#TheSpaceBar® is a blog by Alex and serves as a ride-along journey on his personal quest to learn more about Outer Space-related facts, laws, science, policies, and regulations. 

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Disclaimer: This blog offers no legal advice, is not intended to be a source of legal advice, and does not create an attorney-client relationship. If you need legal advice, please seek out a lawyer directly. I am just a space cadet in this adventure, and after all, space law/policy can be like rocket science.

Up in the Air: Turning Space Debris into Opportunities

Up in the Air: Turning Space Debris into Opportunities

A small piece of space debris as seen by the Expedition 8 crew on the International Space Station (Courtesy of NASA)

A small piece of space debris as seen by the Expedition 8 crew on the International Space Station (Courtesy of NASA)

One man’s rubbish may be another’s treasure
— Hector Urquhart’s Introduction to the “Popular Tales of the West Highlands”

As more and more objects are launched into the sky above us, the orbital space around earth is getting increasingly crowded. A recent figure notes that there are approximately 24,000 objects, 10-cm or greater in size, circling earth; these objects include both working modules as well as defunct devices such as old satellites, used rockets, and fragments from collisions. But, unlike the trash on Earth, space debris are also traveling at speeds up to 17,500 miles per hour, which means any collision with/among them could end with damaging, dangerous, and deadly results.

One major worry, as visually depicted by the space thriller, Gravity, is the onset of the Kessler Syndrome. Named after the former NASA Scientist Donald J. Kessler, the Kessler Syndrome describes a scenario in which, due to the high density of space debris, a random collision in low Earth orbit would lead to a chain reaction of additional collisions that would create a significant collisional threat to any objects functioning in this and nearby orbits; the resulting high probability for future collisions could lead to certain areas of orbital space becoming unsuitable for space-related activities.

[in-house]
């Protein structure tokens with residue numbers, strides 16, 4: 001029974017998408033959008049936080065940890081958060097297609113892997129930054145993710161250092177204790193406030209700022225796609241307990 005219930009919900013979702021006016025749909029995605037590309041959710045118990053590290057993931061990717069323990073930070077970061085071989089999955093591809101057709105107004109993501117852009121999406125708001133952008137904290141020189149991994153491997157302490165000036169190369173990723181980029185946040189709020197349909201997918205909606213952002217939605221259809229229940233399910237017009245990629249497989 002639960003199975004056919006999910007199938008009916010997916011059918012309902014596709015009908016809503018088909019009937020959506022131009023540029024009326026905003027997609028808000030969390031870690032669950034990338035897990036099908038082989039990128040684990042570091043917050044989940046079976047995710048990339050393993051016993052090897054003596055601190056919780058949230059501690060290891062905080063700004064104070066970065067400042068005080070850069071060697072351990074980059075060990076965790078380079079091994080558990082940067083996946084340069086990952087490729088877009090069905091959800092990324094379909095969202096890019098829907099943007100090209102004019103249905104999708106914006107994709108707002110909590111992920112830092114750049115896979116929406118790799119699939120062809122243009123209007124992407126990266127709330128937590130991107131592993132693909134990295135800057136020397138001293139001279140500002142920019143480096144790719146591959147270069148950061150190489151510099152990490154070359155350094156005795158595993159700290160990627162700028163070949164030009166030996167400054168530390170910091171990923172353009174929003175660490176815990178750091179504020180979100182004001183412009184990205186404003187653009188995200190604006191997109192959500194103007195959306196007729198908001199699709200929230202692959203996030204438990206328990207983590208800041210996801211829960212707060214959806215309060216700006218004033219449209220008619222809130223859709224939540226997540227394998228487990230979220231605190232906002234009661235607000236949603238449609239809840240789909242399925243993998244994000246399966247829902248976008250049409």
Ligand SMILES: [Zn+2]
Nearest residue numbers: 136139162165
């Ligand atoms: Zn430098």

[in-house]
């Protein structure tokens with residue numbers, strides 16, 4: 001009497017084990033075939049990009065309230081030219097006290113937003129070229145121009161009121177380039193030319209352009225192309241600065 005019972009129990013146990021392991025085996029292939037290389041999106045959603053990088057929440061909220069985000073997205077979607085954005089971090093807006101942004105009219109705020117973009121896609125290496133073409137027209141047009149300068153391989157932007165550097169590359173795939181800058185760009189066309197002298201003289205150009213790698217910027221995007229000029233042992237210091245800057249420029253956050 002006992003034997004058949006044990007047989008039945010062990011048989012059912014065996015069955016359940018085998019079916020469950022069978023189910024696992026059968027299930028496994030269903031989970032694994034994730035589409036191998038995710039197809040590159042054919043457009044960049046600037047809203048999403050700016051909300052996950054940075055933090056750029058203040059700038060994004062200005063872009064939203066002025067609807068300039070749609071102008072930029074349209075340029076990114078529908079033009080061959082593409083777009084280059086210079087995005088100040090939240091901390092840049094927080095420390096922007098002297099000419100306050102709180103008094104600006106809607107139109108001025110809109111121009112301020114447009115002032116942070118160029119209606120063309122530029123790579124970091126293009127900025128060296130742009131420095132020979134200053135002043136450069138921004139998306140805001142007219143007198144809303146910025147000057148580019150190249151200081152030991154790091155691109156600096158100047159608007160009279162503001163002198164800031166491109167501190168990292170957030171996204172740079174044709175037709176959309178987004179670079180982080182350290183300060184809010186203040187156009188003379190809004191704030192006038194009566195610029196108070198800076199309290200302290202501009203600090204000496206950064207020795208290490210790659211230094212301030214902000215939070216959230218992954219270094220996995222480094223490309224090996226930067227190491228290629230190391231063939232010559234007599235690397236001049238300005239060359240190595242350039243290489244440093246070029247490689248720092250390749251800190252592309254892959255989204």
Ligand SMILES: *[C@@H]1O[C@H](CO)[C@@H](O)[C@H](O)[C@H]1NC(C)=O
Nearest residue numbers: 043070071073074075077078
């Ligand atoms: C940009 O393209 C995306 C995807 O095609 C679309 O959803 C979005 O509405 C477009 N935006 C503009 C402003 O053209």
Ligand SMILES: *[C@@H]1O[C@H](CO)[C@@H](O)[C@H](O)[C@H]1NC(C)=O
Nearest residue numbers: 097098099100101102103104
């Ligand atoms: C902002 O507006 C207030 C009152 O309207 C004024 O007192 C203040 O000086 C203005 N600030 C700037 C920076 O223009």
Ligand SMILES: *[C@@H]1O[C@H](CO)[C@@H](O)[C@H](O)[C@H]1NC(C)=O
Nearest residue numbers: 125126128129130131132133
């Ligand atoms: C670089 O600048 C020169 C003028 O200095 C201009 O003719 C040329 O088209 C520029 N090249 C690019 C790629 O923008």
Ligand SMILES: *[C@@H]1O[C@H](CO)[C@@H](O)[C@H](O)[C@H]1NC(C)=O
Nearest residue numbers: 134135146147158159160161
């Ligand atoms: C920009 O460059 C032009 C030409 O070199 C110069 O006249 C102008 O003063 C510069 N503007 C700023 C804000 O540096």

A potential trigger for the Kessler Syndrome is the now-defunct Envisat, an observation satellite that was operated by the European Space Agency. Due to Envisat’s large mass and current positional orbit, two space objects are expected to pass within 200 meters of the Envisat every year. Since the current disposal plan—letting Envisat gradually enter and burn up in Earth’s atmosphere—will take 150 years, this threat is likely to remain for a very long time.

With so much space debris surrounding Earth, there has been an infusion of ideas and plans to collect and eliminate all of this floating garbage. And while some cleanup efforts are gaining major momentum, both within governmental agencies as well as private companies, this space debris mitigation field is still in its infancy. Additionally, as we will explore below, the legal framework surrounding these cleanup efforts is still up in the air.